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University of Toronto Scarborough
Health Studies
Anne- Emanuelle Birn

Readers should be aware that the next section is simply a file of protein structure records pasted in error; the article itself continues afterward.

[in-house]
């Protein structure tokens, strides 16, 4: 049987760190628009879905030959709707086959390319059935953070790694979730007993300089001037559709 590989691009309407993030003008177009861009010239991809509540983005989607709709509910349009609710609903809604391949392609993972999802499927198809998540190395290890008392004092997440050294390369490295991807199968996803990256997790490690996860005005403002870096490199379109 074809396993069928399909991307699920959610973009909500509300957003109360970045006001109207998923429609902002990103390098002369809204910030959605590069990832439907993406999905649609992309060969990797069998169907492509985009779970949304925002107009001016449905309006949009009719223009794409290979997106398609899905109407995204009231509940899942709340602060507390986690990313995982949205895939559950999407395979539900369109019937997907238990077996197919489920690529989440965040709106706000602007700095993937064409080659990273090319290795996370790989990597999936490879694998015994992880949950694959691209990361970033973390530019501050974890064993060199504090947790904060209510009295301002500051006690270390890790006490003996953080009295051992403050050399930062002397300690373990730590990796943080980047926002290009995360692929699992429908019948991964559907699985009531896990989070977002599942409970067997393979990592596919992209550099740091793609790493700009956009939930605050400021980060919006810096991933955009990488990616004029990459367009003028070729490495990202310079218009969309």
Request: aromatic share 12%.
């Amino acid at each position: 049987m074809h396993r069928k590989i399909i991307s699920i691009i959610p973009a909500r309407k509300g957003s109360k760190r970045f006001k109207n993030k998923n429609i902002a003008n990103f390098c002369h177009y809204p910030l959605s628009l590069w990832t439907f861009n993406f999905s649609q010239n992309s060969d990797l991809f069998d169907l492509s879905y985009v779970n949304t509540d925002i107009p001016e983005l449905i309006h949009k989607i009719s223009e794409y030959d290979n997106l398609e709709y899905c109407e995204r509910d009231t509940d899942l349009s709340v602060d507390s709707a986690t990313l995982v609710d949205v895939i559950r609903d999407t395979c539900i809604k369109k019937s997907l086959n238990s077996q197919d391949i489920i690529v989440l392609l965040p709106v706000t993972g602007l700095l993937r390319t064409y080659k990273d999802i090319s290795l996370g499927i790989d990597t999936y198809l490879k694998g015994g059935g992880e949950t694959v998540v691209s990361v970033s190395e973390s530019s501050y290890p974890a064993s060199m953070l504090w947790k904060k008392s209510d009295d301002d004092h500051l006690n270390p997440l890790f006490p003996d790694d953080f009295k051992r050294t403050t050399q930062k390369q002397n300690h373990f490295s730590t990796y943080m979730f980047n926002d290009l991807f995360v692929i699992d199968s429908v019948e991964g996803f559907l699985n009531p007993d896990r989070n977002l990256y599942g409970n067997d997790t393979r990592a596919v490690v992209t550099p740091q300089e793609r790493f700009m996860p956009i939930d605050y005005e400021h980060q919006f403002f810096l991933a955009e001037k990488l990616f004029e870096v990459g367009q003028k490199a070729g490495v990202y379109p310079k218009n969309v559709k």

IDSB04-Chapter14 Doing International Health Key Questions: - How does the traditional approach to doing international health compare to the political economy approach? - What are the connections among personal motivations, institutional aims and the geopolitical context of international health? - What alternative to traditional international health help foster true cooperation? - How do we measure success in international health? There are various ways of thinking about international health; learning adventure for well-meaning health professionals and students from industrialized countries travel to underdeveloped settings to help alleviate health problems; other regard international health in terms of humanitarian/ technical assistance from developed to underdeveloped countries during times of need or disaster; still others see international health in terms of mutual cooperation aimed at improving health and social conditions, whether among developing countries through international agencies and NGOs or networks of health workers, organizations and professionals; more radical way of viewing international health is as a transformative process, both for people living in conditions of poverty and inequality and for students, health professionals and community actors who wish to be part of an agenda for change whether in their home country or overseas Most international health work is marked by pervasive self interest on the part of donor countries, organizations and other actors- whether regarding the control of threatening communicable diseases crossing the globe, the forging of strategic political alliances, the acquisition of primary resources, the expansion of production and consumer markets to the protection of commercial interests International health today is marked by the history of past activities; starting circa 1500 leading European powers ventured overseas to explore, settle, convert, colonize, profit from, civilize and exploit peoples and land less powerful societies There are countless public health lessons from underdeveloped countries that can be applied to industrialized countries; the way that the community health movement in the US got its start in the 1960s, based on lessons learned from South Africa and Israel South to South collaboration; the developing countries assisting one another; the deployment of Cuban doctors and engineers to African, Asian and Central American countries and more recently South African aid toward the reconstruction of the Democratic Republic of the Congo **chapter focuses on the realist rather than the idealist approach to international health work; explore how to move from traditional to more cooperative form of international health Traditional ways of Doing international health - Historical patterns of colonial relations - Foreign policy priorities/self interest - Persistent inequalities - Yet learning is multi-directional and engagement in international health can be transformative Presumes that those in powerful countries have a monopoly on the necessary knowledge, technical expertise and resources to improve the problems of people living in underdeveloped countries - Presumes that powerful have monopoly on knowledge - A distant colonial past - Or development economists smugly reproducing advice and actions of the past 1 These efforts often ignore the social and political context and the existing health and welfare infrastructure or hold them in disregard and set up parallel health systems that do not build local capacity Variant of this approach; transnational professional elites from low income countries are trained as experts at universities in North America, Europe, Australia etc; upon return home country they may impose their knowledge on those working within the ministry of health or other institutions or serve as interlocutors for or even representative from outside donors Many health problems across the world derive from inequalities generated by local, national and global patterns of economic and environmental exploitation Mainstream approach to aid; often fall into a colonialist mode, whereby solutions originate from powerful quarters and are imposed on the less powerful The practical bargain of aid is appealing to those comfortable with the status quo of power and resources distribution across the world and within countries, this approach- in contrast to negotiated cooperation- offers limited prospects for addressing the underlying determinants of international health problems Missionary work historically facilitated imperialist exploitation; modern day medical missionary work has not changed much from past patterns, with medicine employed as a tool to religious conversion Box: 14-1: Trypanosomiasis in East Africa In 2003, the humanitarian NGO, Medecins Sans Frontieres (MSF) together with the UNDP/UNICEF/World Bank/ WHOs Special Program for Research and Training in Tropical Diseases (TDR) and the health research institutes of Brazil, France, India, Kenya and Malaysia helped from the Drugs for Neglected Diseases initiative (DNDi) to stimulate collaboration and provide support for drug development for human African trypanosomiasis and other neglected diseases Practicing international health: People, organizations and the World Order International health operating on three levels: 1. Motivations and actions of individuals 2. Mission and interventions of organizations 3. Logic and structures of the world order These three levels operate simultaneously; but each constrained by the next higher level Individual motives or institutional missions may conflict with the logic of global capitalism and the impact of individuals and institutions is limited by the world order; can help to transform free market capitalism into a world order made up of welfare states that share a commitment to protecting human well being and reducing inequality under a system of democratic governance Individual Level: Motivations and Training and Work Experience: Motivations; There are numerous reasons for wanting to engage in international health work; well-meaning nonprofit and for-profit organizations nothing more than global health tourism; such expeditions often do more possible harm than good, leaving behind no capacity for follow up and applying band-aid to deep problems 2The reality, the bulk of international health work- that is, work involving some connection to an organization, issue or policy from another country or to a regional, bilateral or multilateral entity- is carried out by local health workers, community organizers and leaders, mothers etc It is important for foreigners and for highly trained developing country (trans)nationals who decide to engage in health work to recognize that they are in a position of power and that they need to be very careful not to abuse this power All of these factors shape the interactions of transnational and foreign health professionals with ministries of health, communities, local health workers, leaders and educators Students may assume that they can provide some benefit to a community without understanding the political and social dynamics, the language or the role of outside organizations Western biomedical model has conceptual and practical limitations and biases- it is individualistic, mechanistic, invasive, generally ignores holistic understandings and the societal context of health, can do little for many chronic conditions- and is not always the best option for addressing health problems Attempting to integrate traditional healing and biomedicine is not simply a matter of healers being tolerated by official health systems but requires that healers be respected and taken seriously for their knowledge and abilities Excessive idealism, overconfidence and ignorance about the realities of international health can